It’s important for everyone to take care when travelling on the roads. Whether you’re driving, riding, or cycling, you want to reach your destination safely. The Highway Code can help us all achieve this goal.
You’ll have been taught a lot of the Highway Code if you’ve ever learnt to drive, or if you’ve taken a cycling course. However, it’s easy for details to slip out of our minds as we get more comfortable. This is when mistakes can happen. It’s practical – and potentially lifesaving – to remind yourself about the code on a regular basis.
We created a Highway Code quiz to mark Road Safety Week – an annual event that highlights road safety issues and campaigns. It’s a way for you to test your knowledge and get an idea of how well you really know the Highway Code.
Although the majority of people who’ve taken the quiz so far have a good understanding of the code, there are still some areas we could all be more familiar with. Take the quiz to find out how you compare, and don’t forget to share it with others.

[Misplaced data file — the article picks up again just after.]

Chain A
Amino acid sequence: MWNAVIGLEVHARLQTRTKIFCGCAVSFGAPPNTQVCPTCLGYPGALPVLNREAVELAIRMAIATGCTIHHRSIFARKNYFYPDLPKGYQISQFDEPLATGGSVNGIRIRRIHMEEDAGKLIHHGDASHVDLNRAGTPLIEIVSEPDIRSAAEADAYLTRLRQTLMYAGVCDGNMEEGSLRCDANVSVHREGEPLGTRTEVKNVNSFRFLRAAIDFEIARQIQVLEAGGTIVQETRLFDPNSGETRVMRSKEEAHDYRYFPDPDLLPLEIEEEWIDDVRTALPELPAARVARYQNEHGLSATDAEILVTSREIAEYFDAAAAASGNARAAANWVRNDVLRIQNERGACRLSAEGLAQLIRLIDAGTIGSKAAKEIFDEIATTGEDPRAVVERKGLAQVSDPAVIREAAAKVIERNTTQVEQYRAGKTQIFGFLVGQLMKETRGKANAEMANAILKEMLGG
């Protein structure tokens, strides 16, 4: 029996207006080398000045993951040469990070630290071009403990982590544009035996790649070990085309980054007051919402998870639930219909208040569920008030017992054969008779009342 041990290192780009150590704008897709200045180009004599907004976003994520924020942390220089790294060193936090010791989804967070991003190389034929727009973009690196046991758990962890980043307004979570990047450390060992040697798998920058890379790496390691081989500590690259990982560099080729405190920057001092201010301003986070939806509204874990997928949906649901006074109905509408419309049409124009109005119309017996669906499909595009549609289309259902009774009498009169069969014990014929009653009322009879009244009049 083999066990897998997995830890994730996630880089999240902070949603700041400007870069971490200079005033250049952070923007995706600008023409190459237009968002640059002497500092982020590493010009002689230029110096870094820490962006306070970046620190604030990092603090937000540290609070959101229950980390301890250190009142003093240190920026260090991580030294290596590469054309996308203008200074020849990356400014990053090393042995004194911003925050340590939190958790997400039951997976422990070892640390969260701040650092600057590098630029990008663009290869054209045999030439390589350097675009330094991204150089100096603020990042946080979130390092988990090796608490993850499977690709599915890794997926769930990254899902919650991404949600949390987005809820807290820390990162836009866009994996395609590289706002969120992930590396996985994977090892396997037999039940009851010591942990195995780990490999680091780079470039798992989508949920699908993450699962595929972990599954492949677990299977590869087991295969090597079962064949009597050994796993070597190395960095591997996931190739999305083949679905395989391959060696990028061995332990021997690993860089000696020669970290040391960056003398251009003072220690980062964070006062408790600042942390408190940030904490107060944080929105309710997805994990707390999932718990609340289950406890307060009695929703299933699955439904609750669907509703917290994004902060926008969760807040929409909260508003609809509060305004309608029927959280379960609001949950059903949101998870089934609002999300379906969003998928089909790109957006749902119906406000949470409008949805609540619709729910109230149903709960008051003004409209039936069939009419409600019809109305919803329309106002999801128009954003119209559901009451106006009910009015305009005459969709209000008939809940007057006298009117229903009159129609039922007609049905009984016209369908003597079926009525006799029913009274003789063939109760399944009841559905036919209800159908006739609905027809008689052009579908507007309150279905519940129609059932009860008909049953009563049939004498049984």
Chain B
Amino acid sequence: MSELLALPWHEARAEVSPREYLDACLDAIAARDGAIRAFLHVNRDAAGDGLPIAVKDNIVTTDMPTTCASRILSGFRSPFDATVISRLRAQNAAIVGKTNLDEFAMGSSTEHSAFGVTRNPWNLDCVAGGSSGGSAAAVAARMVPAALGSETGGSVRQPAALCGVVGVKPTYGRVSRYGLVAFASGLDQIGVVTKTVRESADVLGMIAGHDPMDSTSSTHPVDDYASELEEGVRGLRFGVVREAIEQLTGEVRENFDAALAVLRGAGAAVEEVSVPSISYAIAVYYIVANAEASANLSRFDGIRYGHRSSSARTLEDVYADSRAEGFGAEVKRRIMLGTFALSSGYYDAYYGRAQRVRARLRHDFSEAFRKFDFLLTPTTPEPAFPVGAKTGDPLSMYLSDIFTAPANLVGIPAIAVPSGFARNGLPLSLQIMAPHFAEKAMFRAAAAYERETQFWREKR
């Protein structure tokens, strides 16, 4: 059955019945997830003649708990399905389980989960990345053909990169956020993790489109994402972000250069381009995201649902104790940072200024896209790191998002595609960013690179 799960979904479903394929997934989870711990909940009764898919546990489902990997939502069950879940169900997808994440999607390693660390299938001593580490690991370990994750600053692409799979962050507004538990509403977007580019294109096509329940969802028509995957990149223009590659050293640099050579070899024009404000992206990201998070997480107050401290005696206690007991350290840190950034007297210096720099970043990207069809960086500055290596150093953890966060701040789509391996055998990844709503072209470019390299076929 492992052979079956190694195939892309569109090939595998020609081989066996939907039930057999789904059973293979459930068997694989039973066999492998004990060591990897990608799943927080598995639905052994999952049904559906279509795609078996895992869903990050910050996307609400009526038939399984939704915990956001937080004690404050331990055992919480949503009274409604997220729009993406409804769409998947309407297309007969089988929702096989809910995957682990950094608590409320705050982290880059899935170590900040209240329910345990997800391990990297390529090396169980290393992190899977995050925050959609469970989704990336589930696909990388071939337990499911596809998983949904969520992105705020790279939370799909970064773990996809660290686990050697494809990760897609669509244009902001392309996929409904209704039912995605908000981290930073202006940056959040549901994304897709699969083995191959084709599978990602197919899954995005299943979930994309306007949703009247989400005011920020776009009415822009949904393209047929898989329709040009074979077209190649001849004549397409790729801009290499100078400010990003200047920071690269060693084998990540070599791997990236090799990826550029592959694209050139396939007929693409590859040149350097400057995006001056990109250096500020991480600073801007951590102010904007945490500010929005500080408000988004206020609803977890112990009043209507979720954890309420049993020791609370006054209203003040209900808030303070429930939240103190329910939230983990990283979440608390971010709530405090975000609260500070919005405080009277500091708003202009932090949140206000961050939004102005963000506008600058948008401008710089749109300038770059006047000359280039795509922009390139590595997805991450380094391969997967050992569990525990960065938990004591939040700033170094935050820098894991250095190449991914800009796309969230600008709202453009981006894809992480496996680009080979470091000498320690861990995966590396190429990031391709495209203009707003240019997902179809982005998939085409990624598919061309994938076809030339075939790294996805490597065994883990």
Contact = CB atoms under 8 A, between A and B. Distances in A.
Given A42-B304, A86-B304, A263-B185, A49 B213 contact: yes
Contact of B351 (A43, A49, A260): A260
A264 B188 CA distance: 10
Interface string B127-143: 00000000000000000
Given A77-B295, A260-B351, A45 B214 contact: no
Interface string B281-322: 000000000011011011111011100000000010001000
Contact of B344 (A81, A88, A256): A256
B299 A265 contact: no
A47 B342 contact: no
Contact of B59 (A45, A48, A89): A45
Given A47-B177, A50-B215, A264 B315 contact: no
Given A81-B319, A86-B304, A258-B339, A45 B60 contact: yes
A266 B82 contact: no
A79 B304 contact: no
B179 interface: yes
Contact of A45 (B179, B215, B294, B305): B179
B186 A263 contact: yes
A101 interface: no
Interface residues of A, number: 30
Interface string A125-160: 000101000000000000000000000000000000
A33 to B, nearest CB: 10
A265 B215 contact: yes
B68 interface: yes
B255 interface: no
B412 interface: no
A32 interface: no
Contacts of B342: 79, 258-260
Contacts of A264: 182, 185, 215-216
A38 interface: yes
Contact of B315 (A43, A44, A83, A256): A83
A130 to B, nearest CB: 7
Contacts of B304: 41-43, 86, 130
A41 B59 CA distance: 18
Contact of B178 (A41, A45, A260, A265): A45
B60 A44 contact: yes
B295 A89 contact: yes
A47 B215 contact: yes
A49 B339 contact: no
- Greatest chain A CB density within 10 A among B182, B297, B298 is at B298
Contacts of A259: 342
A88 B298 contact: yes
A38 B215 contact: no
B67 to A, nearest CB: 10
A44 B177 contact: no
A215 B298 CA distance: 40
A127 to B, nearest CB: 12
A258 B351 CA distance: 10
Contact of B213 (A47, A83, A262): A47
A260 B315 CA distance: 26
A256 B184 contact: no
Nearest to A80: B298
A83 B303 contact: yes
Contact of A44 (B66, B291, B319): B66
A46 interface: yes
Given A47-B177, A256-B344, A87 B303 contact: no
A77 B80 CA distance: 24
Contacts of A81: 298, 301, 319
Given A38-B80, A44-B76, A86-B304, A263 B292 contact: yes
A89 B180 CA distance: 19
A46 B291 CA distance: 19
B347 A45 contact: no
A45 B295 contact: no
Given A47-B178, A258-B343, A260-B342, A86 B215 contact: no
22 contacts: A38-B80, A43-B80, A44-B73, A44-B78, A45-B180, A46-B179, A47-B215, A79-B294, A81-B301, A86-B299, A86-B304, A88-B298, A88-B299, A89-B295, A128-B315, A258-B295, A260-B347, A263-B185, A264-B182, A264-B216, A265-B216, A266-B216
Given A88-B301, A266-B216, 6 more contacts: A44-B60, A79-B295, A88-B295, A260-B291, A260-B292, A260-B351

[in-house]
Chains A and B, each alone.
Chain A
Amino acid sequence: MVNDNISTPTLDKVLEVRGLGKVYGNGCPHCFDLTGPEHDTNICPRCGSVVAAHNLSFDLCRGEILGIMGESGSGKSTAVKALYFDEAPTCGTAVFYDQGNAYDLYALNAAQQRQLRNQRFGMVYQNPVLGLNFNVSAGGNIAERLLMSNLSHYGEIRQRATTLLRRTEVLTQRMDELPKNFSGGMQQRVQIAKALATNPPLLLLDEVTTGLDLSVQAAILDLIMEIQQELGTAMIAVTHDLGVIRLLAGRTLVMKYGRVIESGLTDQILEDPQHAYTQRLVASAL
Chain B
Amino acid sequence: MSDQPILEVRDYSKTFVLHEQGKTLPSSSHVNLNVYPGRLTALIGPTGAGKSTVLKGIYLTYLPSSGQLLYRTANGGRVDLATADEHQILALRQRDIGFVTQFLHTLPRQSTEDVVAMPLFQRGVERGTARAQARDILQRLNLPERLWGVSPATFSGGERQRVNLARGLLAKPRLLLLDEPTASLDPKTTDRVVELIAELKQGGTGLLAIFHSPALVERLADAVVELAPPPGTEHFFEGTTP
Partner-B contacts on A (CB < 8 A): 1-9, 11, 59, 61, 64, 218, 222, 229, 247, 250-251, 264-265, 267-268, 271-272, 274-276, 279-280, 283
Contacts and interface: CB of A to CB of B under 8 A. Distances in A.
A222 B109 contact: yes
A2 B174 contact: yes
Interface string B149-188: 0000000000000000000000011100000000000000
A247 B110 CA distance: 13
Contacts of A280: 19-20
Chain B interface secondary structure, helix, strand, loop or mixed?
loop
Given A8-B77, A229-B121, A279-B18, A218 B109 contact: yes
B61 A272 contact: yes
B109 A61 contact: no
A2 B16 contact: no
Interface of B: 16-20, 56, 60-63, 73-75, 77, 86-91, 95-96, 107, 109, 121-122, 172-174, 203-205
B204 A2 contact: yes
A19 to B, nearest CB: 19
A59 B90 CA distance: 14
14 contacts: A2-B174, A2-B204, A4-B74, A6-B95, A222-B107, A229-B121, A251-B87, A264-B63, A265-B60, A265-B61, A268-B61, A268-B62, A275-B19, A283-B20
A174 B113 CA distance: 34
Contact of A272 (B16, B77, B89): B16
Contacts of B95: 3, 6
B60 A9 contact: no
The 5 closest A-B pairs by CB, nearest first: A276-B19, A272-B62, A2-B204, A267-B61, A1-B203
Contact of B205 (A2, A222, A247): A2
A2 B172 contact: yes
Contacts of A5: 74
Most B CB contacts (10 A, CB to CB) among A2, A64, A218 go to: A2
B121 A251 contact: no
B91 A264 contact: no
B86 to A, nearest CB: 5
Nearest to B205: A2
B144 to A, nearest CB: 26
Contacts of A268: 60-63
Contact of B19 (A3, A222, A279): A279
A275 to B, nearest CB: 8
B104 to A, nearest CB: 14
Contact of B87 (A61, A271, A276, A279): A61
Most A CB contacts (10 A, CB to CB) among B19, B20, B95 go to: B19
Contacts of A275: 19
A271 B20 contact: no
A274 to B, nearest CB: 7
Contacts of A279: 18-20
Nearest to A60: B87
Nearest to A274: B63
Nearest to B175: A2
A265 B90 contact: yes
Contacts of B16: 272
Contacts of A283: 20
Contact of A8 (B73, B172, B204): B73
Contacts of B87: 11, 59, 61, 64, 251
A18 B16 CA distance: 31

Once you’ve finished, let’s see what the results tell us.
What could it mean if a cyclist looks back over their shoulder?
- 20% said ‘A: They are watching the vehicle behind them.’
- 60% said ‘B: They intend to pull out, turn right or change direction.’
- 20% said ‘C: They are going to stop.’
The correct answer is B – they intend to pull out, turn right or change direction. If you’re cycling, it’s important to check what’s happening on the road all around you, and it’s crucial to look behind you before you indicate and change course. Sudden movements could be dangerous for both you and motorists near you.
If you’re driving, being able to understand this behaviour is useful. You can anticipate what cyclists will do next.
When is it acceptable to ride two abreast?
- 10% said ‘A: Always.’
- 42% said ‘B: As long as you’re not on a narrow road, a busy road, or a bend.’
- 48% said ‘C: Cyclists shouldn’t ride side by side, even on quiet roads.’